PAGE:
By far our highest priority in Timbavati was to see a leopard. Despite being extremely elusive, leopard sightings in Timbavati are fairly common, and our driver from Umlani told us they had seen leopards several times that week. The anticipation built throughout our first evening game drive which finally culminated with an unbelievable leopard sighting. At this point in the evening it was pitch dark, and we never would have noticed the leopard perched in a tree had it not been for another vehicle that had discovered it before sunset. The experience was completely surreal. We parked the Land Cruiser directly beneath the tree where the leopard was eating what was left of a steenbok it had killed earlier that evening. Our driver shone a light into the tree which allowed us to clearly see the leopard’s every movement, and the silence of our surroundings allowed us to here the crunching of bones coming from a only few yards above us. If we didn’t see another animal for the rest of our trip, this sighting alone would have made it worthwhile.
We came across the same herd of 200+ buffalo multiple times during our stay at Umlani, but by far the most amazing sighting was when we watched the herd descend on a watering hole. Seeing one buffalo is impressive as it is, but watching hundreds of these massive animals shoulder-to-shoulder as they took turns having a drink was a sight to behold. A few hours later, we returned to that same watering hole to spend the afternoon in the Umlani Treehouse and the herd was still basking in the sun nearby.
Elephant sightings were frequent, and we were able to view them from incredibly short distances.
We checked off the final member of the “Big 5” (lion, leopard, buffalo, elephant, rhino) during our second game drive when we spotted a white rhino. By the end of our trip we had seen about five white rhinos.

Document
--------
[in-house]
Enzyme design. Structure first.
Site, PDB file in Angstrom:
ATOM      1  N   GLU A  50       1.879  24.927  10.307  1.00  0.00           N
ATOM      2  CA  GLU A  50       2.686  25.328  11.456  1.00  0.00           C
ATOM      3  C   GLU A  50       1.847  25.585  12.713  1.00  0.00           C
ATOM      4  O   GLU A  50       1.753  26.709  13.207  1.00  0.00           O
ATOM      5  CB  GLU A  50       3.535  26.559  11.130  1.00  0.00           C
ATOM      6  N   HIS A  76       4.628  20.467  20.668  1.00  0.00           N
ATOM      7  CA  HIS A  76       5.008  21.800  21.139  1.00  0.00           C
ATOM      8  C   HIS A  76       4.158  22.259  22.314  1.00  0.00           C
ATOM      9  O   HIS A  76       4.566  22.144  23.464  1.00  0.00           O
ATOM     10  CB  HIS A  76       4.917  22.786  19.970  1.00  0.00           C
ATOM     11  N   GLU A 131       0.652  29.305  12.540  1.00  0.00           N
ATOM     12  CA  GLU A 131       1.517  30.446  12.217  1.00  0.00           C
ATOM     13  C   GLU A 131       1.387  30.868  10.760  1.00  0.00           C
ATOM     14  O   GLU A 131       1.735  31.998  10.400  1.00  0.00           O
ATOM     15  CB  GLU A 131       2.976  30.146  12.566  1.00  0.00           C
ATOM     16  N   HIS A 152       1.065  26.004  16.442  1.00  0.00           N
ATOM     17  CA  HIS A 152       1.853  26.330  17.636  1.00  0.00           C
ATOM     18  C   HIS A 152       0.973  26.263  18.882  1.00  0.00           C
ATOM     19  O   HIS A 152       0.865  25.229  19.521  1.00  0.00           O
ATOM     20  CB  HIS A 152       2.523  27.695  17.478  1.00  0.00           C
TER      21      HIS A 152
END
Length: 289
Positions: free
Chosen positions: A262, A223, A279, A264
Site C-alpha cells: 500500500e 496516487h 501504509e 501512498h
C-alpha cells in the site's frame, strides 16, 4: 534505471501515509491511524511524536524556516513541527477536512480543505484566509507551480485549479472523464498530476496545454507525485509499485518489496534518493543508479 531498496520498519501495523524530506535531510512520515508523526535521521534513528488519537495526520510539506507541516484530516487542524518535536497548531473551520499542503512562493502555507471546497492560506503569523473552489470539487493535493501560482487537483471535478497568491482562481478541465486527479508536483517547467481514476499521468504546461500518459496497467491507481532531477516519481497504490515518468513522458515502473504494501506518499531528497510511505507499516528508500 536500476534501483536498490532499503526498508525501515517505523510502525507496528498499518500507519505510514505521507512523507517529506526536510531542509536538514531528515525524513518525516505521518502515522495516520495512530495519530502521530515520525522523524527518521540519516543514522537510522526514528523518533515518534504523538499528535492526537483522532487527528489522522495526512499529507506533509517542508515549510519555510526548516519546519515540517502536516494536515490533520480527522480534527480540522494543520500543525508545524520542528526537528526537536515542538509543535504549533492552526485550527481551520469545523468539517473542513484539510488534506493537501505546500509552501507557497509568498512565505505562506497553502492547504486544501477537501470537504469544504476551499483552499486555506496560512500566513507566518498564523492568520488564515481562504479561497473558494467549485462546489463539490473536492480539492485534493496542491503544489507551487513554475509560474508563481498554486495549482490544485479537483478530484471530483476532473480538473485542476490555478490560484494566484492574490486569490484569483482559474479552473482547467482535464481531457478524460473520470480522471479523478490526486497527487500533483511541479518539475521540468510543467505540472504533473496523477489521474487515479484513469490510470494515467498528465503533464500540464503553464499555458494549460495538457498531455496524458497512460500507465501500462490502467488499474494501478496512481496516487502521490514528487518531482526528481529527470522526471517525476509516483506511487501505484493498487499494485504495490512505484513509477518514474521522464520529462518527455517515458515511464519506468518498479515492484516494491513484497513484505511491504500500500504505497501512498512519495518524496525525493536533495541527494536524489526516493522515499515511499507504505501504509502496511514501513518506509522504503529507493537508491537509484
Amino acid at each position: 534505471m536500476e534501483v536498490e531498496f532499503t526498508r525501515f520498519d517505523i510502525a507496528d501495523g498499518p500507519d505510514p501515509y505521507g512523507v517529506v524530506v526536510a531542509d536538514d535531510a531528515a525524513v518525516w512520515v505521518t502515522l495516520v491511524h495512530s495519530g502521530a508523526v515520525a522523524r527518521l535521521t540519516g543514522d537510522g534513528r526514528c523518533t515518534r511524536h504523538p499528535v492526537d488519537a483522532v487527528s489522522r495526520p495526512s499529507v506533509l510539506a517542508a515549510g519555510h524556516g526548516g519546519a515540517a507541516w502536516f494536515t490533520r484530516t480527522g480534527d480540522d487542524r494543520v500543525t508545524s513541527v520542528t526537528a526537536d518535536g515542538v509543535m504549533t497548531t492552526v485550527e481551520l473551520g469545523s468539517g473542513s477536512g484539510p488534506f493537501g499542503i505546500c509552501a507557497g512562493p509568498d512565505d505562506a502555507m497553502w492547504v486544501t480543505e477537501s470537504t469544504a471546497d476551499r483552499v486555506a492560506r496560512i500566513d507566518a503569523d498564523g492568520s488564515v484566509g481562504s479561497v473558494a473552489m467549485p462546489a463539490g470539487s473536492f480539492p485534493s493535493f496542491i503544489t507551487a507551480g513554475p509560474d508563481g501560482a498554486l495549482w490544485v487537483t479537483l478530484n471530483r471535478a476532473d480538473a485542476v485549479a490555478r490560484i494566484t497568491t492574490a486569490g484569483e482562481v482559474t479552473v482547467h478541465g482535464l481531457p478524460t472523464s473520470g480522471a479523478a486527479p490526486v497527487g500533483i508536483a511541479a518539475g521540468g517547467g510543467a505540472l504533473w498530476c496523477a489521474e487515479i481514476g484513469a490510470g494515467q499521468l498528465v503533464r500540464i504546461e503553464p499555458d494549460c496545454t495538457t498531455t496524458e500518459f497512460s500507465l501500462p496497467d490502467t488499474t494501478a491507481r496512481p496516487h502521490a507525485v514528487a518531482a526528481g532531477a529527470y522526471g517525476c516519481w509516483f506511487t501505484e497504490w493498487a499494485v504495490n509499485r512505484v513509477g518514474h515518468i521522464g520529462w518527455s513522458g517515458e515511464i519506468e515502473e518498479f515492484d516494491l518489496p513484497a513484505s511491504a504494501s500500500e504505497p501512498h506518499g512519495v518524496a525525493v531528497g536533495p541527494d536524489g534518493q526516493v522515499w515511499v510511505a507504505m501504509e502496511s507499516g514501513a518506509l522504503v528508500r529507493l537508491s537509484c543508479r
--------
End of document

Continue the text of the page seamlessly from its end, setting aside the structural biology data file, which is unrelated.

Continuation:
Zebra & Giraffe
It wouldn’t be a safari without seeing two of the most iconic African animals, the zebra and giraffe.
Admittedly we aren’t particularly knowledgeable when it comes to birds. We love bald eagles, penguins, puffins, and ostriches, but that’s pretty much where our knowledge and appreciation for birds ends. Our driver on the other hand, could point to anything with wings and immediately name the species and tell you everything about it. It was incredibly impressive and many of the birds he pointed out were beautiful.
The Grand Finale
By the time our fourth and final game drive began, we had already seen every animal we had hoped to see. We were completely content with the previous drives and sightings, so anything additional would just be icing on the cake. The drive started off slow, and periods of 15-20 minutes passed without even seeing as much as an impala. Then out of nowhere Laura spotted something moving in the distance. At first we couldn’t identify what it was, but our tracker put four fingers in the air and said “Lions”. As we drove closer, we saw four lions fleeing the scene of a buffalo kill, and as the lions disappeared from sight, a group of hyenas and jackals descended on the carcass. It smelled awful and watching the hyenas and jackals tear at the dead buffalo’s flesh was a gruesome scene, but it was incredibly wild.
At first it appeared as though the lions had abandoned their kill, but we soon realized they hadn’t gone far and were watching us from a short distance. If you look closely in the photo below, you can barely make out a lioness crouching between the trees in the background. So we zoomed in… And then zoomed in again…
Not a bad way to end an unforgettable safari experience in Timbavati.